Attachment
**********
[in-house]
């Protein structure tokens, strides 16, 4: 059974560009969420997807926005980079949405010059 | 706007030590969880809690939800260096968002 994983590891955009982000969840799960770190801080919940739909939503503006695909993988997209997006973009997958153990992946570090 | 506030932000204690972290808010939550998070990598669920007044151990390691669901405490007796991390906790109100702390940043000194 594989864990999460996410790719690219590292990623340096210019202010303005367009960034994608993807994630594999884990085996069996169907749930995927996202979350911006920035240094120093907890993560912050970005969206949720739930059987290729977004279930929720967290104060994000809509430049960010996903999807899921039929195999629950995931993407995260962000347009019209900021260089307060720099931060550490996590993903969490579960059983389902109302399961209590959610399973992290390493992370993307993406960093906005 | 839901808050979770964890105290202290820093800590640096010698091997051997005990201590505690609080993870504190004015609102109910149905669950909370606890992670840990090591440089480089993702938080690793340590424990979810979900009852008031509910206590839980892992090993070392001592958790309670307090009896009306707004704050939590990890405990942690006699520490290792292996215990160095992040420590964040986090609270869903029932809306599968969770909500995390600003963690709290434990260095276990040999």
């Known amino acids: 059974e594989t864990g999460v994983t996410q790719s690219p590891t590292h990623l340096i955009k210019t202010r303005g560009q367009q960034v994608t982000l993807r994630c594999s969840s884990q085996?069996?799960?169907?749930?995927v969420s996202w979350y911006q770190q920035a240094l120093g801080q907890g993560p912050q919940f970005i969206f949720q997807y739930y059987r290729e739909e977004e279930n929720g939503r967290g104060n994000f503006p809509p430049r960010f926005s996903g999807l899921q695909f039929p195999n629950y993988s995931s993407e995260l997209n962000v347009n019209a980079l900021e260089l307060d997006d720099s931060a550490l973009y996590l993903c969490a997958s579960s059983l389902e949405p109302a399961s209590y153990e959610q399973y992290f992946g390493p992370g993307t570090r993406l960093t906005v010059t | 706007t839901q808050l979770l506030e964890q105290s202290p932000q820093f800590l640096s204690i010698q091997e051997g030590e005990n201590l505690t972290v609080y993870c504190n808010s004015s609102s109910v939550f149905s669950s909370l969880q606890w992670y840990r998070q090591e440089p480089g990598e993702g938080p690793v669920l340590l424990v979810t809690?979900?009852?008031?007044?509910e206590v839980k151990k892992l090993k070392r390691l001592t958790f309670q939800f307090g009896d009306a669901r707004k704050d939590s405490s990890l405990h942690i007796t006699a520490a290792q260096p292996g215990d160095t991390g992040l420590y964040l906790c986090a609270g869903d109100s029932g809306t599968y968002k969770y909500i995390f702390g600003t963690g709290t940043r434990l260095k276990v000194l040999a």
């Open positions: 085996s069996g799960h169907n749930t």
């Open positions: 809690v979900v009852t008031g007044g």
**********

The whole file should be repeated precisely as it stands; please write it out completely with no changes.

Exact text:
[in-house]
């Protein structure tokens, strides 16, 4: 059974560009969420997807926005980079949405010059 | 706007030590969880809690939800260096968002 994983590891955009982000969840799960770190801080919940739909939503503006695909993988997209997006973009997958153990992946570090 | 506030932000204690972290808010939550998070990598669920007044151990390691669901405490007796991390906790109100702390940043000194 594989864990999460996410790719690219590292990623340096210019202010303005367009960034994608993807994630594999884990085996069996169907749930995927996202979350911006920035240094120093907890993560912050970005969206949720739930059987290729977004279930929720967290104060994000809509430049960010996903999807899921039929195999629950995931993407995260962000347009019209900021260089307060720099931060550490996590993903969490579960059983389902109302399961209590959610399973992290390493992370993307993406960093906005 | 839901808050979770964890105290202290820093800590640096010698091997051997005990201590505690609080993870504190004015609102109910149905669950909370606890992670840990090591440089480089993702938080690793340590424990979810979900009852008031509910206590839980892992090993070392001592958790309670307090009896009306707004704050939590990890405990942690006699520490290792292996215990160095992040420590964040986090609270869903029932809306599968969770909500995390600003963690709290434990260095276990040999």
């Known amino acids: 059974e594989t864990g999460v994983t996410q790719s690219p590891t590292h990623l340096i955009k210019t202010r303005g560009q367009q960034v994608t982000l993807r994630c594999s969840s884990q085996?069996?799960?169907?749930?995927v969420s996202w979350y911006q770190q920035a240094l120093g801080q907890g993560p912050q919940f970005i969206f949720q997807y739930y059987r290729e739909e977004e279930n929720g939503r967290g104060n994000f503006p809509p430049r960010f926005s996903g999807l899921q695909f039929p195999n629950y993988s995931s993407e995260l997209n962000v347009n019209a980079l900021e260089l307060d997006d720099s931060a550490l973009y996590l993903c969490a997958s579960s059983l389902e949405p109302a399961s209590y153990e959610q399973y992290f992946g390493p992370g993307t570090r993406l960093t906005v010059t | 706007t839901q808050l979770l506030e964890q105290s202290p932000q820093f800590l640096s204690i010698q091997e051997g030590e005990n201590l505690t972290v609080y993870c504190n808010s004015s609102s109910v939550f149905s669950s909370l969880q606890w992670y840990r998070q090591e440089p480089g990598e993702g938080p690793v669920l340590l424990v979810t809690?979900?009852?008031?007044?509910e206590v839980k151990k892992l090993k070392r390691l001592t958790f309670q939800f307090g009896d009306a669901r707004k704050d939590s405490s990890l405990h942690i007796t006699a520490a290792q260096p292996g215990d160095t991390g992040l420590y964040l906790c986090a609270g869903d109100s029932g809306t599968y968002k969770y909500i995390f702390g600003t963690g709290t940043r434990l260095k276990v000194l040999a």
């Open positions: 085996s069996g799960h169907n749930t």
């Open positions: 809690v979900v009852t008031g007044g």